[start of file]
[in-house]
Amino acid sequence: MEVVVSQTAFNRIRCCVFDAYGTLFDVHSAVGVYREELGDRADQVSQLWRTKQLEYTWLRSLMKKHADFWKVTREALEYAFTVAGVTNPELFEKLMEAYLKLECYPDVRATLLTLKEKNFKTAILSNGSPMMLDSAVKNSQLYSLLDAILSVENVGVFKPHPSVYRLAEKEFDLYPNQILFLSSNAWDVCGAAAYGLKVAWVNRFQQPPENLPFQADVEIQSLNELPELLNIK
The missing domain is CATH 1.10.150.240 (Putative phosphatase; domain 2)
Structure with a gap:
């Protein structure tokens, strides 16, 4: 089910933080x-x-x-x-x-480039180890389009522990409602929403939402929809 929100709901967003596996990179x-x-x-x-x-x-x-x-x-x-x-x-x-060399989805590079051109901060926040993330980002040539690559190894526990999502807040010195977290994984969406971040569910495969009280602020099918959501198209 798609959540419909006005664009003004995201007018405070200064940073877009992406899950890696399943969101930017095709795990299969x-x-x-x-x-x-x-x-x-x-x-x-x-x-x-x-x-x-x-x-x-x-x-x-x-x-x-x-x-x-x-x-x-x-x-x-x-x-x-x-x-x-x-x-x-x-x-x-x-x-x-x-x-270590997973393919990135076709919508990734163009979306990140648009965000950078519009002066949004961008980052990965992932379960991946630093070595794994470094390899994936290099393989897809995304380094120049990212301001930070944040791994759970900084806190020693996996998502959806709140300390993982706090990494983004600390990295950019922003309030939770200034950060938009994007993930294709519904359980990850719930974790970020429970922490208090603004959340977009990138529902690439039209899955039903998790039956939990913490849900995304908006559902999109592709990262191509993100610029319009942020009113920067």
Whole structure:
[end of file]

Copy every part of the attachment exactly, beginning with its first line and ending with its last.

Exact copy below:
[in-house]
Amino acid sequence: MEVVVSQTAFNRIRCCVFDAYGTLFDVHSAVGVYREELGDRADQVSQLWRTKQLEYTWLRSLMKKHADFWKVTREALEYAFTVAGVTNPELFEKLMEAYLKLECYPDVRATLLTLKEKNFKTAILSNGSPMMLDSAVKNSQLYSLLDAILSVENVGVFKPHPSVYRLAEKEFDLYPNQILFLSSNAWDVCGAAAYGLKVAWVNRFQQPPENLPFQADVEIQSLNELPELLNIK
The missing domain is CATH 1.10.150.240 (Putative phosphatase; domain 2)
Structure with a gap:
């Protein structure tokens, strides 16, 4: 089910933080x-x-x-x-x-480039180890389009522990409602929403939402929809 929100709901967003596996990179x-x-x-x-x-x-x-x-x-x-x-x-x-060399989805590079051109901060926040993330980002040539690559190894526990999502807040010195977290994984969406971040569910495969009280602020099918959501198209 798609959540419909006005664009003004995201007018405070200064940073877009992406899950890696399943969101930017095709795990299969x-x-x-x-x-x-x-x-x-x-x-x-x-x-x-x-x-x-x-x-x-x-x-x-x-x-x-x-x-x-x-x-x-x-x-x-x-x-x-x-x-x-x-x-x-x-x-x-x-x-x-x-x-270590997973393919990135076709919508990734163009979306990140648009965000950078519009002066949004961008980052990965992932379960991946630093070595794994470094390899994936290099393989897809995304380094120049990212301001930070944040791994759970900084806190020693996996998502959806709140300390993982706090990494983004600390990295950019922003309030939770200034950060938009994007993930294709519904359980990850719930974790970020429970922490208090603004959340977009990138529902690439039209899955039903998790039956939990913490849900995304908006559902999109592709990262191509993100610029319009942020009113920067």
Whole structure: